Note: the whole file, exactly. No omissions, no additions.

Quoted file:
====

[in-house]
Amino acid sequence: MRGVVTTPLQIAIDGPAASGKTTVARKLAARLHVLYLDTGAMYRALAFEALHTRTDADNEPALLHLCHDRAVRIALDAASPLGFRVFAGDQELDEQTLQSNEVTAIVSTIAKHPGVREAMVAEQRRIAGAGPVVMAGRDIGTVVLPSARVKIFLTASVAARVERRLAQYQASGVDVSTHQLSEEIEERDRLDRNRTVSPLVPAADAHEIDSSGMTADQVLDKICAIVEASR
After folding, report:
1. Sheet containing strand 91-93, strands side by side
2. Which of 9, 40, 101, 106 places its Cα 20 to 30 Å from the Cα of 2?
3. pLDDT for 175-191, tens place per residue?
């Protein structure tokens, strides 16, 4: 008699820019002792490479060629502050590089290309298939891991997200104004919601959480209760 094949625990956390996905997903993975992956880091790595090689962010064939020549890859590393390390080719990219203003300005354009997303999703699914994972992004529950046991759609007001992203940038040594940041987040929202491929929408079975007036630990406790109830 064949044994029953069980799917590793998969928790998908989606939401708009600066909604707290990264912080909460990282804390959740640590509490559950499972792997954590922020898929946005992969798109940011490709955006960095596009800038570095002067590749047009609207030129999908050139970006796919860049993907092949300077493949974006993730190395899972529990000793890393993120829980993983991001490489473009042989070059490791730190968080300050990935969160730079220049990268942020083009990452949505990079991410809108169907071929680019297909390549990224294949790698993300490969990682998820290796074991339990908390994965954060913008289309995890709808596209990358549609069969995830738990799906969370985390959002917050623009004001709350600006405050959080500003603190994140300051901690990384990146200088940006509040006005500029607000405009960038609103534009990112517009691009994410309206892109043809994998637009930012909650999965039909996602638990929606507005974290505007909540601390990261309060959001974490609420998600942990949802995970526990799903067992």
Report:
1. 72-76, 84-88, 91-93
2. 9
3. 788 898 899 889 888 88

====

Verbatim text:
[in-house]
Amino acid sequence: MRGVVTTPLQIAIDGPAASGKTTVARKLAARLHVLYLDTGAMYRALAFEALHTRTDADNEPALLHLCHDRAVRIALDAASPLGFRVFAGDQELDEQTLQSNEVTAIVSTIAKHPGVREAMVAEQRRIAGAGPVVMAGRDIGTVVLPSARVKIFLTASVAARVERRLAQYQASGVDVSTHQLSEEIEERDRLDRNRTVSPLVPAADAHEIDSSGMTADQVLDKICAIVEASR
After folding, report:
1. Sheet containing strand 91-93, strands side by side
2. Which of 9, 40, 101, 106 places its Cα 20 to 30 Å from the Cα of 2?
3. pLDDT for 175-191, tens place per residue?
């Protein structure tokens, strides 16, 4: 008699820019002792490479060629502050590089290309298939891991997200104004919601959480209760 094949625990956390996905997903993975992956880091790595090689962010064939020549890859590393390390080719990219203003300005354009997303999703699914994972992004529950046991759609007001992203940038040594940041987040929202491929929408079975007036630990406790109830 064949044994029953069980799917590793998969928790998908989606939401708009600066909604707290990264912080909460990282804390959740640590509490559950499972792997954590922020898929946005992969798109940011490709955006960095596009800038570095002067590749047009609207030129999908050139970006796919860049993907092949300077493949974006993730190395899972529990000793890393993120829980993983991001490489473009042989070059490791730190968080300050990935969160730079220049990268942020083009990452949505990079991410809108169907071929680019297909390549990224294949790698993300490969990682998820290796074991339990908390994965954060913008289309995890709808596209990358549609069969995830738990799906969370985390959002917050623009004001709350600006405050959080500003603190994140300051901690990384990146200088940006509040006005500029607000405009960038609103534009990112517009691009994410309206892109043809994998637009930012909650999965039909996602638990929606507005974290505007909540601390990261309060959001974490609420998600942990949802995970526990799903067992």
Report:
1. 72-76, 84-88, 91-93
2. 9
3. 788 898 899 889 888 88